Explore Plea Bargains
Your lawyer may assess your case and evidence and recommend exploring plea bargain options with prosecutors. Pleading guilty to lesser charges may be better than risking conviction at trial on more serious crimes.
Expect Pre-Indictment Motions from Your Attorney
Experienced federal defense attorneys know how to file pre-indictment motions challenging things like improper searches, seizure of privileged material, and procedural errors. This can undermine the prosecution’s case and even get charges dismissed before an indictment.
Don’t Panic If You Are Indicted
Being indicted or charged does not mean you will be convicted. Your lawyer will file motions to dismiss, suppress evidence, and undermine the prosecution’s case. Work closely with them to continue building the best defense.
Request a Pretrial Diversion
For some federal crimes and defendants with little or no criminal history, pretrial diversion may be an option. This involves meeting conditions like restitution, community service, rehabilitation programs, etc. in exchange for avoiding prosecution and a criminal record.
Consider Pleading Guilty
Your attorney may advise pleading guilty once the evidence and possible outcomes are weighed. Pleading may result in a lesser sentence or charges being dropped as part of a plea deal. But understand the consequences before making any plea.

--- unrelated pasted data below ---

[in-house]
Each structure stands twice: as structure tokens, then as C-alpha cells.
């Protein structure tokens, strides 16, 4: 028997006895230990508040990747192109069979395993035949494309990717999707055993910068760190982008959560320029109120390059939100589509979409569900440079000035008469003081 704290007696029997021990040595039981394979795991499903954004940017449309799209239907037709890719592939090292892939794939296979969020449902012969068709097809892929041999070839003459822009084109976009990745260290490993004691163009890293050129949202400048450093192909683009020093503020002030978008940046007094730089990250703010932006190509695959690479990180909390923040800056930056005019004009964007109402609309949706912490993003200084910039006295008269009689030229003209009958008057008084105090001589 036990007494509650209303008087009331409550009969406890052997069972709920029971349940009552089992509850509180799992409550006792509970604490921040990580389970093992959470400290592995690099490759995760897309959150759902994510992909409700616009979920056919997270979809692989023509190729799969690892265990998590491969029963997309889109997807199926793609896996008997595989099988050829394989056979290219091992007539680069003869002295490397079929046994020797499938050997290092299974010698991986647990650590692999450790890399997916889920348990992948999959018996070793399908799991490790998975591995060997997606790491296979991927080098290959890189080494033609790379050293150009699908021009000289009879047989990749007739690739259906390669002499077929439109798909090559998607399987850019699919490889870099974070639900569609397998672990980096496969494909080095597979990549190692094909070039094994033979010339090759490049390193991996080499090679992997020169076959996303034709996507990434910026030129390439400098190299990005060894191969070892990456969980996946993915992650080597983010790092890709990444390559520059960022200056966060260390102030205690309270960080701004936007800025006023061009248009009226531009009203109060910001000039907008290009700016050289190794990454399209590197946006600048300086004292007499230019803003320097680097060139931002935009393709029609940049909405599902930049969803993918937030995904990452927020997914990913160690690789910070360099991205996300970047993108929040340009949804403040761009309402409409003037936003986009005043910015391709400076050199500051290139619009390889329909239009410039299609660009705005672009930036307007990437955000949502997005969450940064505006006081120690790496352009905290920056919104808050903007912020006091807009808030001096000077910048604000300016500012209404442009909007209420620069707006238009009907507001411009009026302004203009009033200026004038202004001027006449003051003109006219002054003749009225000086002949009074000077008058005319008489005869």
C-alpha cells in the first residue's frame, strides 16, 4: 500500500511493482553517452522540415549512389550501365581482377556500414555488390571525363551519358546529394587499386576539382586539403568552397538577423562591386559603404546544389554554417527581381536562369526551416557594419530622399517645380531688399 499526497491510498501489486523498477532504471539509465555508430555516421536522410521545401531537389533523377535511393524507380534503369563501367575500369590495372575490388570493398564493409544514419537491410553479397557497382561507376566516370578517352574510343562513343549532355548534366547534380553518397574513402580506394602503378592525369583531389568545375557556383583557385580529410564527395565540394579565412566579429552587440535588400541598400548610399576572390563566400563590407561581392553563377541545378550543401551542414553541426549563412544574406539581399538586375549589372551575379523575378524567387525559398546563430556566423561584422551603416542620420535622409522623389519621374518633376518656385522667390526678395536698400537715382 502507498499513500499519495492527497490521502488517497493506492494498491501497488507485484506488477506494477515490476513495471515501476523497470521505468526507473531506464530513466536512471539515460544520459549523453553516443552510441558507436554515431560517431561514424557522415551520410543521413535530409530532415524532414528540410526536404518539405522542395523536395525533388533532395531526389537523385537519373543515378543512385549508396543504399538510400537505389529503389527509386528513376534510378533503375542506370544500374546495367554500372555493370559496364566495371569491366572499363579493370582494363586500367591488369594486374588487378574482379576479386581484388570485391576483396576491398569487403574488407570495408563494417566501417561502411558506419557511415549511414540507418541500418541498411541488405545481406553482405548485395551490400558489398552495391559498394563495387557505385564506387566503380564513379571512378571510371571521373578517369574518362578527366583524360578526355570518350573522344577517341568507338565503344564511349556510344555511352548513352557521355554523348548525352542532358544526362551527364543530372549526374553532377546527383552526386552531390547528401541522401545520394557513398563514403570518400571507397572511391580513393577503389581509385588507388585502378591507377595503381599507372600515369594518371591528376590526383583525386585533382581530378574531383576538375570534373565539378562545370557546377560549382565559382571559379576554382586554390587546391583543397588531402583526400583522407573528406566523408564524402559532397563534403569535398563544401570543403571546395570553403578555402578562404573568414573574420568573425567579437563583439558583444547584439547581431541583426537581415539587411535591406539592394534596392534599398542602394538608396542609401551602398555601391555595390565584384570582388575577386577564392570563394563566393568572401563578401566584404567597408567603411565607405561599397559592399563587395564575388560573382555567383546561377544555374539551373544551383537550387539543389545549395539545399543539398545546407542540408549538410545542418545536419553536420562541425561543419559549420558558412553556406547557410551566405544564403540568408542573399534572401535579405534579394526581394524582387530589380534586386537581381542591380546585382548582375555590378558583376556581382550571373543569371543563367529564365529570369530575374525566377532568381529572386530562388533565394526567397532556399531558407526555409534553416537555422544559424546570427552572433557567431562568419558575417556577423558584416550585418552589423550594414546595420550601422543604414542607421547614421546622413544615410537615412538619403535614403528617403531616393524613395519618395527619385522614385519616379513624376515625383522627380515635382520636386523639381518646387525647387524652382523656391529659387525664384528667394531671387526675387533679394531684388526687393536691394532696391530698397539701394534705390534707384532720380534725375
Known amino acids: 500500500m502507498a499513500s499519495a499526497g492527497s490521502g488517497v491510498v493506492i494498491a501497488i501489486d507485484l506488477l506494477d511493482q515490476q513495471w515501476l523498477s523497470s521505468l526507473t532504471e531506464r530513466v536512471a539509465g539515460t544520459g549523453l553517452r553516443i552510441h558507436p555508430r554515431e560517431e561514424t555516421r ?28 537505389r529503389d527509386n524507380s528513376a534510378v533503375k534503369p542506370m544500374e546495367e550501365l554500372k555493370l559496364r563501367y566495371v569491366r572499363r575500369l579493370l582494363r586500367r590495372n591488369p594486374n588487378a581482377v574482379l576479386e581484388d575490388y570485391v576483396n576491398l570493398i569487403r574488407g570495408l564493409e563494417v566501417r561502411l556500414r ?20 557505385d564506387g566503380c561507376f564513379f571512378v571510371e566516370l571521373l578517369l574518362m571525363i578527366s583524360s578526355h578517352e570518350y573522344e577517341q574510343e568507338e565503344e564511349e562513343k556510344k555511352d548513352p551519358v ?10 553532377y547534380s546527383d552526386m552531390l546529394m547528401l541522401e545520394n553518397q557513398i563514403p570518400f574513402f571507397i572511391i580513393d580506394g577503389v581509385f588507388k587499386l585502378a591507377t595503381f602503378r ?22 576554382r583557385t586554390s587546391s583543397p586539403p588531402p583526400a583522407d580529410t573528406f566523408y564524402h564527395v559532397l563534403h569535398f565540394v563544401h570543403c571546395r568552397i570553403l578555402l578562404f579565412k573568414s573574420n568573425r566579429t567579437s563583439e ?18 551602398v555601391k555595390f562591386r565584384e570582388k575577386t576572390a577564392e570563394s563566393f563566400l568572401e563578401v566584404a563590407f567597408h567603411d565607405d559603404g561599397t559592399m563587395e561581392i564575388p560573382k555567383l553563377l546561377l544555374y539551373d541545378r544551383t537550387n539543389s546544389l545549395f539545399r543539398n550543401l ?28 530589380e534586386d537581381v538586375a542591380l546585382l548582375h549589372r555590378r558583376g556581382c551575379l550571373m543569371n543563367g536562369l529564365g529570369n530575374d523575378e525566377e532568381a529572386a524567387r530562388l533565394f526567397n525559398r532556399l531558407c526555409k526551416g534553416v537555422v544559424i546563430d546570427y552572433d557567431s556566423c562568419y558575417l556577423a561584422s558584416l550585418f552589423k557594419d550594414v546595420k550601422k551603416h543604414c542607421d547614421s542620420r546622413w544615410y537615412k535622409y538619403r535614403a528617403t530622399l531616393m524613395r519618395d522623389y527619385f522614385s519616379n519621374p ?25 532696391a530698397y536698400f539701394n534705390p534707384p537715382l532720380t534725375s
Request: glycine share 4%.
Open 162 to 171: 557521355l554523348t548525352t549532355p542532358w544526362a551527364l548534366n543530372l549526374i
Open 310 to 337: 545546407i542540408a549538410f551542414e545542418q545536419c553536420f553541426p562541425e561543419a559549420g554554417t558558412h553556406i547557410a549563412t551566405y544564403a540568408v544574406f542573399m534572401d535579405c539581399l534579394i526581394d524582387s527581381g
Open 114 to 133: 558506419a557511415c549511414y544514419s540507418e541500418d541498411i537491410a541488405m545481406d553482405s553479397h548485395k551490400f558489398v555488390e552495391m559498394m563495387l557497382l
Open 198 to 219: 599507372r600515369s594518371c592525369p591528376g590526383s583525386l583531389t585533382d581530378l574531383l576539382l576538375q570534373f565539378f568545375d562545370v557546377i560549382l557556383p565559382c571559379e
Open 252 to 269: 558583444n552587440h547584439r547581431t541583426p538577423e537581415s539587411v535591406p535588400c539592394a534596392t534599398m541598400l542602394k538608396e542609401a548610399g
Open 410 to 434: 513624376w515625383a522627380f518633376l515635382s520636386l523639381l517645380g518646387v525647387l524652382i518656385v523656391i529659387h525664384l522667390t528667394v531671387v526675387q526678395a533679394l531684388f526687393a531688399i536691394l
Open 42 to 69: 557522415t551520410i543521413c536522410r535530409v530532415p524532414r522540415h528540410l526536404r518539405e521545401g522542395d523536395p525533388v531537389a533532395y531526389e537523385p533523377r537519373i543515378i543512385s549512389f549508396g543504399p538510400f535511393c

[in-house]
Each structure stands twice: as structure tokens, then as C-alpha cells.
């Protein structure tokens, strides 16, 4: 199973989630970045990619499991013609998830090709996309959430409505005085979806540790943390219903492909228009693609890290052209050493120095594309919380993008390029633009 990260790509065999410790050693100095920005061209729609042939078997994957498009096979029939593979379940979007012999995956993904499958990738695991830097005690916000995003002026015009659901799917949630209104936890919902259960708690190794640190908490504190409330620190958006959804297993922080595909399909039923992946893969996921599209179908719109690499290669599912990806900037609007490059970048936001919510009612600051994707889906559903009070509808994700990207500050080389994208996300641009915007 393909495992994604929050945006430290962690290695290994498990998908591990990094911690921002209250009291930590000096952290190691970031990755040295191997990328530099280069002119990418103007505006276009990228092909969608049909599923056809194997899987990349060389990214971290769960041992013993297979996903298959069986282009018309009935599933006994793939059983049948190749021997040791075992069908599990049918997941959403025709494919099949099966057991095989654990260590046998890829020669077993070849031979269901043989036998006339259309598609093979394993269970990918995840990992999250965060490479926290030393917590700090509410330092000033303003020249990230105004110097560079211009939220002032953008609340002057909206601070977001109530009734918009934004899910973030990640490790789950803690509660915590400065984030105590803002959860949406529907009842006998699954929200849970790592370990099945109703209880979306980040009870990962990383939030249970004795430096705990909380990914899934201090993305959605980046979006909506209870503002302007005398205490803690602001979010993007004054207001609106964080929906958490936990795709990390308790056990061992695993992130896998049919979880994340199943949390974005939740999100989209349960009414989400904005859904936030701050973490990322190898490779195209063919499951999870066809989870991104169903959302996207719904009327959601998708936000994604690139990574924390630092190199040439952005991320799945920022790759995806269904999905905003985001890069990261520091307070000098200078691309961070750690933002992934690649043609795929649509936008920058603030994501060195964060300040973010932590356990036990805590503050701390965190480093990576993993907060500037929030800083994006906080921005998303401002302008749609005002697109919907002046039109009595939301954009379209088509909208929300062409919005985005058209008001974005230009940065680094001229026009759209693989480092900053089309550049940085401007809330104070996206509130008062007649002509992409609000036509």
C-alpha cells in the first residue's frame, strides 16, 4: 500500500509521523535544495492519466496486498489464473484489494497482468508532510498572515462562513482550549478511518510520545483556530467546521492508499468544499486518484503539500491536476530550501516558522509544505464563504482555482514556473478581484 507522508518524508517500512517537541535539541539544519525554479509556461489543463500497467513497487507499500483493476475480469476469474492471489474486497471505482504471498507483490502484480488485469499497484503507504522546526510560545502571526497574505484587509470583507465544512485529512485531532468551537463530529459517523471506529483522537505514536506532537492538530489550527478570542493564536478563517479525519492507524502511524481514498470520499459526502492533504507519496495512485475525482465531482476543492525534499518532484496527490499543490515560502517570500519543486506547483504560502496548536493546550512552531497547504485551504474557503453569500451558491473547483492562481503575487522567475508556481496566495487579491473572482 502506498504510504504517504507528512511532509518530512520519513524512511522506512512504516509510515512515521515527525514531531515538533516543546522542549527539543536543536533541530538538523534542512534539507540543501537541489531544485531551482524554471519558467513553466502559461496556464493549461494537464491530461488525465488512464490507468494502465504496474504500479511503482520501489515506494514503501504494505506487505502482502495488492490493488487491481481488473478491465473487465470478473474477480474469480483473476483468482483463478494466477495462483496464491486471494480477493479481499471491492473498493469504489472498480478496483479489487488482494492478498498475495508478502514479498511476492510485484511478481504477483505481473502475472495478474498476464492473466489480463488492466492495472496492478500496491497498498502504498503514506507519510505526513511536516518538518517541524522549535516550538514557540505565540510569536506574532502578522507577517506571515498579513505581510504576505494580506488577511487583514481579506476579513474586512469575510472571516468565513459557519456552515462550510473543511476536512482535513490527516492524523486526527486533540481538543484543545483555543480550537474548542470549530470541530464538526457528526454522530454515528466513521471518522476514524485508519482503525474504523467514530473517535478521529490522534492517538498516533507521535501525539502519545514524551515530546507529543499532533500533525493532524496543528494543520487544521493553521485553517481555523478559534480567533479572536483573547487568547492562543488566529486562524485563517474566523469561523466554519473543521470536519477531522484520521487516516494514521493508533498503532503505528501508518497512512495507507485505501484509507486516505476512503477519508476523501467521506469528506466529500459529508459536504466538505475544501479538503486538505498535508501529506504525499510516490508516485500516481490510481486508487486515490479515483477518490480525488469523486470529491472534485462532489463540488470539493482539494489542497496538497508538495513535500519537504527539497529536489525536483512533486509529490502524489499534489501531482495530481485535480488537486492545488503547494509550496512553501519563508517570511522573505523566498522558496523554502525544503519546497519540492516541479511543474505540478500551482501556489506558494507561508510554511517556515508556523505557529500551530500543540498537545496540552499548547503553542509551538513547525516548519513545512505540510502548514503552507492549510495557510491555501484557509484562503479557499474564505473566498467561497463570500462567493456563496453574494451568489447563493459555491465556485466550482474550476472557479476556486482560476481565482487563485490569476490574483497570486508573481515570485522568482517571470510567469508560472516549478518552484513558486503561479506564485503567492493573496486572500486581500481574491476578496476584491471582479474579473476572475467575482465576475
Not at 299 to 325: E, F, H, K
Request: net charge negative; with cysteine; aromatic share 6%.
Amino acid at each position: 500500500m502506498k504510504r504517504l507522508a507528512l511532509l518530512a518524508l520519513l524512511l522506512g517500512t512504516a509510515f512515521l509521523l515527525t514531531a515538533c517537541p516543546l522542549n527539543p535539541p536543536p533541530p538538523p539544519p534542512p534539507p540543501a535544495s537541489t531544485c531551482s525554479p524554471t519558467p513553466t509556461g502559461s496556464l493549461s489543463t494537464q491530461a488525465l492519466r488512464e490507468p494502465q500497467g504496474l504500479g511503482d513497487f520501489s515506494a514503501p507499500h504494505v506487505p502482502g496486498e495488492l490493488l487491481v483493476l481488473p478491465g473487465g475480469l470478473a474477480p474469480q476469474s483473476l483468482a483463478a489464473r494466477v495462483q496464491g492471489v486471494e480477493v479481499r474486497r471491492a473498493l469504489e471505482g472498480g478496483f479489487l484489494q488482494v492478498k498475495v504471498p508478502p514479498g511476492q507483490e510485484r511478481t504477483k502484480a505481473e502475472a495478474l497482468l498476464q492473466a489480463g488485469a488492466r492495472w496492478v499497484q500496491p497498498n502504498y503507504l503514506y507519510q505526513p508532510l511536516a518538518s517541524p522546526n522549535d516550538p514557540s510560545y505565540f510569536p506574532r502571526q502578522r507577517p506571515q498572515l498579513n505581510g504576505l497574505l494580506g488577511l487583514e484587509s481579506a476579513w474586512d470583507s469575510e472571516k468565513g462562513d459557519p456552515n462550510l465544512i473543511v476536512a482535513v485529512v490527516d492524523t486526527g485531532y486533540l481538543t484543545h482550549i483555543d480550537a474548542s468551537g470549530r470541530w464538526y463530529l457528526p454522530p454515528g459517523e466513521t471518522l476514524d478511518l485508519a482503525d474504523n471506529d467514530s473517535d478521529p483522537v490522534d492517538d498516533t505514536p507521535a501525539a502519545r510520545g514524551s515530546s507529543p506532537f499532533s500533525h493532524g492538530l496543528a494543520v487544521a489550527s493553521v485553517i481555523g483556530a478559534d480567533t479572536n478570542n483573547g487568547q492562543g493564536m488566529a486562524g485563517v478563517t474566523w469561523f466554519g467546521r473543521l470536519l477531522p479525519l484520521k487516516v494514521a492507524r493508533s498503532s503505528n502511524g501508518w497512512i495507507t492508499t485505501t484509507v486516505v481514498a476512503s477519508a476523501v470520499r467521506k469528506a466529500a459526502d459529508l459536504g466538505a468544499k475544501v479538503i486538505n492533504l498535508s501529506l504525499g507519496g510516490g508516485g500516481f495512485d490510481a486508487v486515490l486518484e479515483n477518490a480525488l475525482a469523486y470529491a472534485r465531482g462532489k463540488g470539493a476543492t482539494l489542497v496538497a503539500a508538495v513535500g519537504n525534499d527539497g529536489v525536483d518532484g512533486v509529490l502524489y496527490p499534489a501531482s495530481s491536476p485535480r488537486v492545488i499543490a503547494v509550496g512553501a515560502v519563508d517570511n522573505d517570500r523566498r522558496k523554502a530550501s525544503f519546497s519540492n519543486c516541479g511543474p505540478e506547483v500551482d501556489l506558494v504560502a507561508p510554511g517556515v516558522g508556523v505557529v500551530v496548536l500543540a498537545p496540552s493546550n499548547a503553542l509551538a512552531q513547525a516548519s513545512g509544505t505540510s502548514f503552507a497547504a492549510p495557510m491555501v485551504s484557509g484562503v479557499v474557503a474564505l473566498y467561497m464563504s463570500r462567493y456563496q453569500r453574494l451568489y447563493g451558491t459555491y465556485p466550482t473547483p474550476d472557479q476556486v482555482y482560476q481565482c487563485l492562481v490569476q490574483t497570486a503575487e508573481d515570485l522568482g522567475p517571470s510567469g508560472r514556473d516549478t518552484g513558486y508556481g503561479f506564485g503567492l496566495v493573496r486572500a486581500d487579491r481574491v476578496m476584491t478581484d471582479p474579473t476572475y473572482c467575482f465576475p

Prepare for Trial if No Plea Agreement
Without a plea deal, your case will go to trial. Your legal team will continue filing motions while also preparing your defense strategy. You may also consider motions to suppress evidence or statements.
Testify or Remain Silent – Your Choice
Whether to testify at your trial is an important decision. Testifying allows you to give your account of events and rebut evidence. But it also opens you up to tough cross-examination. Discuss options thoroughly with counsel.
Sentencing Options if Convicted
If convicted at trial, work with your lawyer ahead of sentencing to present mitigating circumstances and letters of support to the judge. Explore all options to reduce your sentence, including appealing the conviction.
Consider a Conviction’s Collateral Consequences
The criminal conviction itself is not the only consequence if found guilty at trial. You may face loss of professional licenses, inability to possess firearms, disenfranchisement, immigration issues, and harm to your reputation.